Early in the 20th century, the creation of motion pictures took the traditional drama farther than had ever been imagined before. Conventional stage plays remained popular mass entertainments but actual performances were often limited to urban areas. Populations living in more rural areas contented themselves with reading plays as published in books and journals until arcades and then cinemas started to appear in nearly every distant town and province. Popular access to drama was further expanded with the invention of the television in the mid-20th century and the proliferation of new entertainment and informational programming designed for the small screen.

The following authors in our database represent the Drama: Stage and Screen category of our collection:

AeschylusBook Icon (525 BC-455 BC) Kyd, ThomasBook Icon (1558-1594)
Akins, ZoeBook Icon (1886-1958) Lang, FritzBook Icon (1890-1976)
Albee, EdwardBook Icon (1928-2016) Lawrence, Jerome and Robert LeeBook Icon (1915-2004)
Allen, WoodyBook Icon (1935-) Lorca, FedericoBook Icon (1898-1936)
Altman, RobertBook Icon (1925-2006) Lubitsch, ErnstBook Icon (1892-1947)
Andersen, Hans ChristianBook Icon (1805-1875) Luhrmann, BazBook Icon (1962-)
Anderson, MaxwellBook Icon (1888-1959) Lumet, SidneyBook Icon (1924-2011)
Anonymous: Everyman-Morality PlayBook Icon (1509-1530) Lyly, JohnBook Icon (1554-1606)
Anonymous: Mankind-Medieval Morality PlaysBook Icon (1400) Lyne, AdrianBook Icon (1941-)
Anonymous: York Mystery PlaysBook Icon (1400) Mamet, DavidBook Icon (1947-)
AristophanesBook Icon (446 BC-386 BC) Marivaux, Pierre deBook Icon (1688-1763)
Auburn, DavidBook Icon (1970-) Marlowe, ChristopherBook Icon (1564-1593)
Axelrod, GeorgeBook Icon (1922-2003) Marshall, GarryBook Icon (1934-)
Baillie, JoannaBook Icon (1762-1851) Marston, JohnBook Icon (1576-1634)
Barry, PhilipBook Icon (1896-1949) Massinger, PhilipBook Icon (1583-1640)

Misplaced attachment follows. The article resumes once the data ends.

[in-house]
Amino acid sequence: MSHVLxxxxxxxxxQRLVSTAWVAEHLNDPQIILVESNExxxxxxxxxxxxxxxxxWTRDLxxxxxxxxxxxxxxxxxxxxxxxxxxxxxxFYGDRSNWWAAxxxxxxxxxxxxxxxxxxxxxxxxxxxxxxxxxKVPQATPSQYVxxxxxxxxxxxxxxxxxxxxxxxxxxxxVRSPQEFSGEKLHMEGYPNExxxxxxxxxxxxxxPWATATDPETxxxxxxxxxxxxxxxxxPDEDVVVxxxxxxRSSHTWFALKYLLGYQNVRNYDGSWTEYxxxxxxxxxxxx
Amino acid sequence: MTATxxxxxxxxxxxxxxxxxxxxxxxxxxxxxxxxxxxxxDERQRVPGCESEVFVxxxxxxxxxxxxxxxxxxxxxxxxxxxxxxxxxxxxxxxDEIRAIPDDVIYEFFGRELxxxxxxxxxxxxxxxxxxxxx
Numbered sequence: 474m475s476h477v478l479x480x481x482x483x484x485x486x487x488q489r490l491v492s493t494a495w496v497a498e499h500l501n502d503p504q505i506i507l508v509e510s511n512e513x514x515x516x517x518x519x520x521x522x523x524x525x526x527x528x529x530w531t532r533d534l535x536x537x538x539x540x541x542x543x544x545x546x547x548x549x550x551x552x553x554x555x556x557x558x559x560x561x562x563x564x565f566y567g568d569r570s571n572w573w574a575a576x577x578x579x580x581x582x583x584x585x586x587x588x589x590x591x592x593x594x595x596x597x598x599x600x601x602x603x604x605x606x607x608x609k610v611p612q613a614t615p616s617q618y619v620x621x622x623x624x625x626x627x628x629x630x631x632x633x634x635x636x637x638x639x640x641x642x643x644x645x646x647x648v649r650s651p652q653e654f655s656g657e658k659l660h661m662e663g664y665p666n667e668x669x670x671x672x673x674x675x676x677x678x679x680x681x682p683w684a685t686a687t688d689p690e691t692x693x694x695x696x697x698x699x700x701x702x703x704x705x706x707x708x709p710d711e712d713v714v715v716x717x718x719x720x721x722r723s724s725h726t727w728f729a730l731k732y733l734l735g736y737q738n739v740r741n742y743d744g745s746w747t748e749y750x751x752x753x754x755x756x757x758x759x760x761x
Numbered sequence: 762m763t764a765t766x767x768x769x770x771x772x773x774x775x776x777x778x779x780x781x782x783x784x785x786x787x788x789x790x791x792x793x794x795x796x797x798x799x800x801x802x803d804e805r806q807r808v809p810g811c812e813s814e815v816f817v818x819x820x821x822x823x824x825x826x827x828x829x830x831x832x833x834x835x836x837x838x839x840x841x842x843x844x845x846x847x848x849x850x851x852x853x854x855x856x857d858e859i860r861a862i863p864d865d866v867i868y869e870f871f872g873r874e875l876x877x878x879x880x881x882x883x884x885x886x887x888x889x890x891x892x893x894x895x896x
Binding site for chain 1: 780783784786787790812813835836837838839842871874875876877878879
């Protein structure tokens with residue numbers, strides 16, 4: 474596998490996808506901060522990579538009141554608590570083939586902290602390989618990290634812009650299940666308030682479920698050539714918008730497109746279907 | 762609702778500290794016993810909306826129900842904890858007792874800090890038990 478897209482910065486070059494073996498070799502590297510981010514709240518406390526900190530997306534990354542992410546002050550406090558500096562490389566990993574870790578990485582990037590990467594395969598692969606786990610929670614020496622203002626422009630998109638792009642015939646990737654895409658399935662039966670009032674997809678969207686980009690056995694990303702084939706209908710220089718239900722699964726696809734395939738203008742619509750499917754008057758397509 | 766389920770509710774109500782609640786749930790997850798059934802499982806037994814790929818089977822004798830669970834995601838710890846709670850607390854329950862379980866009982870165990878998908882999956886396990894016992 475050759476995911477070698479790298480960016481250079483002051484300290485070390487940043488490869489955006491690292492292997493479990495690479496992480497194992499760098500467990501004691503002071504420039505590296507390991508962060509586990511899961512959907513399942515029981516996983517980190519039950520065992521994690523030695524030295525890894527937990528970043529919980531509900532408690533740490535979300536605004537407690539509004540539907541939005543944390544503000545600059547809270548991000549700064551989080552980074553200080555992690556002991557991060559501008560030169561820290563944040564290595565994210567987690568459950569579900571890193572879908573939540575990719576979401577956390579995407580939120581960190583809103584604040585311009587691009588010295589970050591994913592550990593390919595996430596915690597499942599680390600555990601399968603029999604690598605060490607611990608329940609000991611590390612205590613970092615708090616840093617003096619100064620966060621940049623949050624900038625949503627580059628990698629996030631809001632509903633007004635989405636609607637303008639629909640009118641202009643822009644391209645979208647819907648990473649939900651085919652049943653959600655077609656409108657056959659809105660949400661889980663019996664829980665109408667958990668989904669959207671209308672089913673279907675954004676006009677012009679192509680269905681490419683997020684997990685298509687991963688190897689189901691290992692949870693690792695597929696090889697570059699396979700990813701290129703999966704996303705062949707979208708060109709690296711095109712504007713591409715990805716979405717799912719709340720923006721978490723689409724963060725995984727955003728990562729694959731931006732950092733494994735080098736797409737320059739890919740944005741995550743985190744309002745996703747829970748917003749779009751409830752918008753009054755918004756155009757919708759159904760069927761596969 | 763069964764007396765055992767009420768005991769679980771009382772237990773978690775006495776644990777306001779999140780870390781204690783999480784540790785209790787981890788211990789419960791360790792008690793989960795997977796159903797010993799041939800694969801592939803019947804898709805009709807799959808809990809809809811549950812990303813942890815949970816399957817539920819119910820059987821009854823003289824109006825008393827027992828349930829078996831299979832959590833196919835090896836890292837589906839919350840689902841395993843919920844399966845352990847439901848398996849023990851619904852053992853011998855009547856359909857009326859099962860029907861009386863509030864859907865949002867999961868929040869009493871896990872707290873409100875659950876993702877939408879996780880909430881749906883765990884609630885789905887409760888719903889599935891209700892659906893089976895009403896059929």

Beaumont, FrancisBook Icon (1584-1616) Maugham, W. SomersetBook Icon (1874-1965)
Beckett, SamuelBook Icon (1906-1989) McNally, TerrenceBook Icon (1939-)
Behn, AphraBook Icon (1640-1689) Mendes, SamBook Icon (1965-)
Benigni, RobertoBook Icon (1952-) Middleton, ThomasBook Icon (1580-1627)
Bennett, AlanBook Icon (1934-) Miller, ArthurBook Icon (1915-2005)
Bolt, RobertBook Icon (1924-1995) Minghella, AnthonyBook Icon (1954-2008)
Boorman, JohnBook Icon (1933-) Moliere, Jean-BaptisteBook Icon (1622-1673)
Boucicault, DionBook Icon (1820-1890) More, HannahBook Icon (1745-1833)
Branagh, KennethBook Icon (1960-) Mowatt, Anna CoraBook Icon (1819-1870)
Brecht, BertoltBook Icon (1898-1956) Munday, AnthonyBook Icon (1560-1633)
Bulgakov, MikhailBook Icon (1891-1940) Murnau, F.W.Book Icon (1888-1931)
Chaplin, CharlesBook Icon (1889-1977) Nicholson, NormanBook Icon (1914-1987)
Chapman, GeorgeBook Icon (1559-1634) Noah, MordecaiBook Icon (1785-1851)
Chayefsky, Sidney ‘Paddy’Book Icon (1923-1981) O’Casey, SeanBook Icon (1880-1964)
Chekhov, AntonBook Icon (1860-1904) O’Neill, EugeneBook Icon (1888-1953)
Childress, AliceBook Icon (1916-1994) Odets, CliffordBook Icon (1906-1963)
Chin, FrankBook Icon (1940-) Osborne, JohnBook Icon (1928-1994)
Christie, AgathaBook Icon (1890-1976) Otway, ThomasBook Icon (1652-1685)
Churchill, CarylBook Icon (1938-) Pakula, Alan J.Book Icon (1928-1998)
Congreve, WilliamBook Icon (1670-1729) Pinter, HaroldBook Icon (1930-2008)
Coppola, Francis FordBook Icon (1939-) Pirandello, LuigiBook Icon (1867-1936)
Crimp, MartinBook Icon (1956-) Plautus, Titus MacciusBook Icon (254 BC-184 BC)